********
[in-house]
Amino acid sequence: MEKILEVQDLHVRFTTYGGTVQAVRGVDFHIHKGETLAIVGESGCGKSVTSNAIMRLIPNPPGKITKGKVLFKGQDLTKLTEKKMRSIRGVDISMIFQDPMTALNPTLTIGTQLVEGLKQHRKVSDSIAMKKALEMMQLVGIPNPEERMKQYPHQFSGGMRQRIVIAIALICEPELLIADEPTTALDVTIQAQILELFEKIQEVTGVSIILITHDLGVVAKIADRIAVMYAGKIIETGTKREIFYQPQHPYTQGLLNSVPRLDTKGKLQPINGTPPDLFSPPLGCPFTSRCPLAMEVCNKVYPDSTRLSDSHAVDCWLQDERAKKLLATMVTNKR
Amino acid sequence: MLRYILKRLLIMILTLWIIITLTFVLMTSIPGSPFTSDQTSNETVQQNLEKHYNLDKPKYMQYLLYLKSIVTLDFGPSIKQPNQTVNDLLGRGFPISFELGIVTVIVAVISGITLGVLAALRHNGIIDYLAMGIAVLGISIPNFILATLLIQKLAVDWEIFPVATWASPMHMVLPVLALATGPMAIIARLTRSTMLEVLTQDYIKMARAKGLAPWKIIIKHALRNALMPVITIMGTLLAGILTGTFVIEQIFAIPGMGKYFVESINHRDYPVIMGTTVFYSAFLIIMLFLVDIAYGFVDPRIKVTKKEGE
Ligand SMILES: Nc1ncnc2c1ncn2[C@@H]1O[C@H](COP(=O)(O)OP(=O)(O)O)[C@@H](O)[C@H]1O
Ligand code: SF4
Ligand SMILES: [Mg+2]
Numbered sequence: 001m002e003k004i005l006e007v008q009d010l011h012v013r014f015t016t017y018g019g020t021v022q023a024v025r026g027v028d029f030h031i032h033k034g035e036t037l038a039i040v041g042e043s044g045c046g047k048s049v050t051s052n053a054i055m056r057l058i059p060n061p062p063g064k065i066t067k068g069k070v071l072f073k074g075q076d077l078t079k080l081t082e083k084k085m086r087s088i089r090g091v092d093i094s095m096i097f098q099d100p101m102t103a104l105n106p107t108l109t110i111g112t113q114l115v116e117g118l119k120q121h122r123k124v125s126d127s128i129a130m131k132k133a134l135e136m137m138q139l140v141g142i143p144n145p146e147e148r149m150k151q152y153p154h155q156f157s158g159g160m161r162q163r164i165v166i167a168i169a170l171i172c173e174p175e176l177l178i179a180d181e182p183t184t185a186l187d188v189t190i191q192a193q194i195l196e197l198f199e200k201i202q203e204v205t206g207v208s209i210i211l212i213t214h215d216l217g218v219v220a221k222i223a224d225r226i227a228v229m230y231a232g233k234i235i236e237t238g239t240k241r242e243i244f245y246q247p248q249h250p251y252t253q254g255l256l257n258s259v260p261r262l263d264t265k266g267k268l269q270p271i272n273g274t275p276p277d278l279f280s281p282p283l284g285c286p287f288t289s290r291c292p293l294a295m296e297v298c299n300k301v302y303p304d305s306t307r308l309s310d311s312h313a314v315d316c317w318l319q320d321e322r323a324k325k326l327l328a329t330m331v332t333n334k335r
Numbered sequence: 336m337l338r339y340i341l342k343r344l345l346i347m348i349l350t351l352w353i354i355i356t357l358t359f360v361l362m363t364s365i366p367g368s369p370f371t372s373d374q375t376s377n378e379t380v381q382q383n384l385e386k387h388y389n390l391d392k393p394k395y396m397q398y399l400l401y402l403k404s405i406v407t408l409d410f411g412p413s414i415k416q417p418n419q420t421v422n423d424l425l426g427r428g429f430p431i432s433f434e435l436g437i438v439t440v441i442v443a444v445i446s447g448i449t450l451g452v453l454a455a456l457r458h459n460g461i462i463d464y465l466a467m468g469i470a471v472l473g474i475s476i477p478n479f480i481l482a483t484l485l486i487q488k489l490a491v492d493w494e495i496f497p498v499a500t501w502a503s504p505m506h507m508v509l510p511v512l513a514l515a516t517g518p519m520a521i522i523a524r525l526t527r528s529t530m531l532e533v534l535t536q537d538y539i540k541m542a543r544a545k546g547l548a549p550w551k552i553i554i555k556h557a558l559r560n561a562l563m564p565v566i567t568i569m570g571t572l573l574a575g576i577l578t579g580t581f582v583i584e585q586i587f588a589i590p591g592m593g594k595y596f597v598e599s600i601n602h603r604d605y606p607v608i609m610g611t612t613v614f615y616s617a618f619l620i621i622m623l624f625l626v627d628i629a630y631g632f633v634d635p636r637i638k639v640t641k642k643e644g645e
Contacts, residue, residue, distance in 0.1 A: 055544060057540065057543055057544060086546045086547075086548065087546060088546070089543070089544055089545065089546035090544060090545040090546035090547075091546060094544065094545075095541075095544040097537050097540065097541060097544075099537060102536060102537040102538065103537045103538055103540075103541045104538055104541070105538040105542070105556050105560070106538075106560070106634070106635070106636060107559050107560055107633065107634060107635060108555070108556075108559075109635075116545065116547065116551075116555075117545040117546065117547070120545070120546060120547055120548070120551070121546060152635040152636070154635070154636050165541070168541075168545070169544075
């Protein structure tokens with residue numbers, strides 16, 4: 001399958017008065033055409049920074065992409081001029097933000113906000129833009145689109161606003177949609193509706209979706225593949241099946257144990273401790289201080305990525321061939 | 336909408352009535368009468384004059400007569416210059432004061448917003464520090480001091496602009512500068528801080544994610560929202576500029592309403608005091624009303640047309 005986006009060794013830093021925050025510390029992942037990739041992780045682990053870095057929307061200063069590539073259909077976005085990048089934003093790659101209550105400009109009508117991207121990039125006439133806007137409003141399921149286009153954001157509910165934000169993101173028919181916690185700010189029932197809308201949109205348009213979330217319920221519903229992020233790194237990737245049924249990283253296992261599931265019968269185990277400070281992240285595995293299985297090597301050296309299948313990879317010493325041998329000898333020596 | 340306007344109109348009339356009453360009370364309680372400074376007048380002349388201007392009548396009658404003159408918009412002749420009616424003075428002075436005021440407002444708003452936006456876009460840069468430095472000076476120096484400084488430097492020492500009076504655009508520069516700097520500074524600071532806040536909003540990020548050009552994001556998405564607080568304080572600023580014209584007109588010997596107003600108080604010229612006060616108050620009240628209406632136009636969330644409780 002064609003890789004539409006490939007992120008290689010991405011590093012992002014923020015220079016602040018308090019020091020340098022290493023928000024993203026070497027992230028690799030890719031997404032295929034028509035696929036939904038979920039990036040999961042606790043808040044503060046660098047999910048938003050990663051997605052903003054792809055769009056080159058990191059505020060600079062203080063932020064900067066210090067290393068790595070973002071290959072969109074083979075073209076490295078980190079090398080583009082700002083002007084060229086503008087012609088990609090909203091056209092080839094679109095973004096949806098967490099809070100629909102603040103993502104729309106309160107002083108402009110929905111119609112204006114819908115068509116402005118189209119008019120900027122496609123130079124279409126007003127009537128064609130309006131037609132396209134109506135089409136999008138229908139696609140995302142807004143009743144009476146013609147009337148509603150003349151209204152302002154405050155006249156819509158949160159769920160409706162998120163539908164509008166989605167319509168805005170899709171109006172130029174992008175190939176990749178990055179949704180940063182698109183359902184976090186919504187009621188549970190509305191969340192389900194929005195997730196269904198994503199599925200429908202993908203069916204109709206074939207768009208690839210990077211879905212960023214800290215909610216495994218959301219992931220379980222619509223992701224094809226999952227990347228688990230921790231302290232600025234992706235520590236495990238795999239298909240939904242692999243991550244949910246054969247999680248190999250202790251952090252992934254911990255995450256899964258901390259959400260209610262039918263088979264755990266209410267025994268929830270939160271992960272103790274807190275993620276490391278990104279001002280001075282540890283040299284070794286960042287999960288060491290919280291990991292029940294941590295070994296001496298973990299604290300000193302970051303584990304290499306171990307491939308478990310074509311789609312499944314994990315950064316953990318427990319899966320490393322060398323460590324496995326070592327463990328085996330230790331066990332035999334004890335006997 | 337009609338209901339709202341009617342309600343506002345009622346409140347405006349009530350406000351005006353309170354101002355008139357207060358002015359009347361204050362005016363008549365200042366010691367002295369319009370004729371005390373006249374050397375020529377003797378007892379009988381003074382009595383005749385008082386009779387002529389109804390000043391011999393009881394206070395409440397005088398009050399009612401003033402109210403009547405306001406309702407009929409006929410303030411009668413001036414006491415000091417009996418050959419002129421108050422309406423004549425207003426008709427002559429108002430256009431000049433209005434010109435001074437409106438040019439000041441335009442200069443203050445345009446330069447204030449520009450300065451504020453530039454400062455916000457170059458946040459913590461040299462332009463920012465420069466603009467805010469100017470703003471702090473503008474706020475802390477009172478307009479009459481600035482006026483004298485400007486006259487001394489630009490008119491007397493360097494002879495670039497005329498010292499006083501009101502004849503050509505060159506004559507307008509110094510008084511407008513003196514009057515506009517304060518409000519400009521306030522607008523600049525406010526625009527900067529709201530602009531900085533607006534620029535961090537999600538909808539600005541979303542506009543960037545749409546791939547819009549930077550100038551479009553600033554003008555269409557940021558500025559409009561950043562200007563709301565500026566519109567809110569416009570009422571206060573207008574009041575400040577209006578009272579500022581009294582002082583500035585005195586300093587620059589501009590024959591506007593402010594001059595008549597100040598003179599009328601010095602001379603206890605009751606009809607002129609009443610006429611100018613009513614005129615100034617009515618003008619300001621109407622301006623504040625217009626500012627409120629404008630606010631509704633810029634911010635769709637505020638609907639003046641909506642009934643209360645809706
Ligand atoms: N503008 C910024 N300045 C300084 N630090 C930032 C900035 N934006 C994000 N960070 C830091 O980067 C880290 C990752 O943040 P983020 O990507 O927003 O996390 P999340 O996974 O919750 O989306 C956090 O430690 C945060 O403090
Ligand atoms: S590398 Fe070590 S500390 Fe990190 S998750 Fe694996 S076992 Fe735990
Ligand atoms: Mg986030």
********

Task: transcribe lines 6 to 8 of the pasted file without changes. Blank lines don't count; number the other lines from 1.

Ligand SMILES: [Mg+2]
Numbered sequence: 001m002e003k004i005l006e007v008q009d010l011h012v013r014f015t016t017y018g019g020t021v022q023a024v025r026g027v028d029f030h031i032h033k034g035e036t037l038a039i040v041g042e043s044g045c046g047k048s049v050t051s052n053a054i055m056r057l058i059p060n061p062p063g064k065i066t067k068g069k070v071l072f073k074g075q076d077l078t079k080l081t082e083k084k085m086r087s088i089r090g091v092d093i094s095m096i097f098q099d100p101m102t103a104l105n106p107t108l109t110i111g112t113q114l115v116e117g118l119k120q121h122r123k124v125s126d127s128i129a130m131k132k133a134l135e136m137m138q139l140v141g142i143p144n145p146e147e148r149m150k151q152y153p154h155q156f157s158g159g160m161r162q163r164i165v166i167a168i169a170l171i172c173e174p175e176l177l178i179a180d181e182p183t184t185a186l187d188v189t190i191q192a193q194i195l196e197l198f199e200k201i202q203e204v205t206g207v208s209i210i211l212i213t214h215d216l217g218v219v220a221k222i223a224d225r226i227a228v229m230y231a232g233k234i235i236e237t238g239t240k241r242e243i244f245y246q247p248q249h250p251y252t253q254g255l256l257n258s259v260p261r262l263d264t265k266g267k268l269q270p271i272n273g274t275p276p277d278l279f280s281p282p283l284g285c286p287f288t289s290r291c292p293l294a295m296e297v298c299n300k301v302y303p304d305s306t307r308l309s310d311s312h313a314v315d316c317w318l319q320d321e322r323a324k325k326l327l328a329t330m331v332t333n334k335r
Numbered sequence: 336m337l338r339y340i341l342k343r344l345l346i347m348i349l350t351l352w353i354i355i356t357l358t359f360v361l362m363t364s365i366p367g368s369p370f371t372s373d374q375t376s377n378e379t380v381q382q383n384l385e386k387h388y389n390l391d392k393p394k395y396m397q398y399l400l401y402l403k404s405i406v407t408l409d410f411g412p413s414i415k416q417p418n419q420t421v422n423d424l425l426g427r428g429f430p431i432s433f434e435l436g437i438v439t440v441i442v443a444v445i446s447g448i449t450l451g452v453l454a455a456l457r458h459n460g461i462i463d464y465l466a467m468g469i470a471v472l473g474i475s476i477p478n479f480i481l482a483t484l485l486i487q488k489l490a491v492d493w494e495i496f497p498v499a500t501w502a503s504p505m506h507m508v509l510p511v512l513a514l515a516t517g518p519m520a521i522i523a524r525l526t527r528s529t530m531l532e533v534l535t536q537d538y539i540k541m542a543r544a545k546g547l548a549p550w551k552i553i554i555k556h557a558l559r560n561a562l563m564p565v566i567t568i569m570g571t572l573l574a575g576i577l578t579g580t581f582v583i584e585q586i587f588a589i590p591g592m593g594k595y596f597v598e599s600i601n602h603r604d605y606p607v608i609m610g611t612t613v614f615y616s617a618f619l620i621i622m623l624f625l626v627d628i629a630y631g632f633v634d635p636r637i638k639v640t641k642k643e644g645e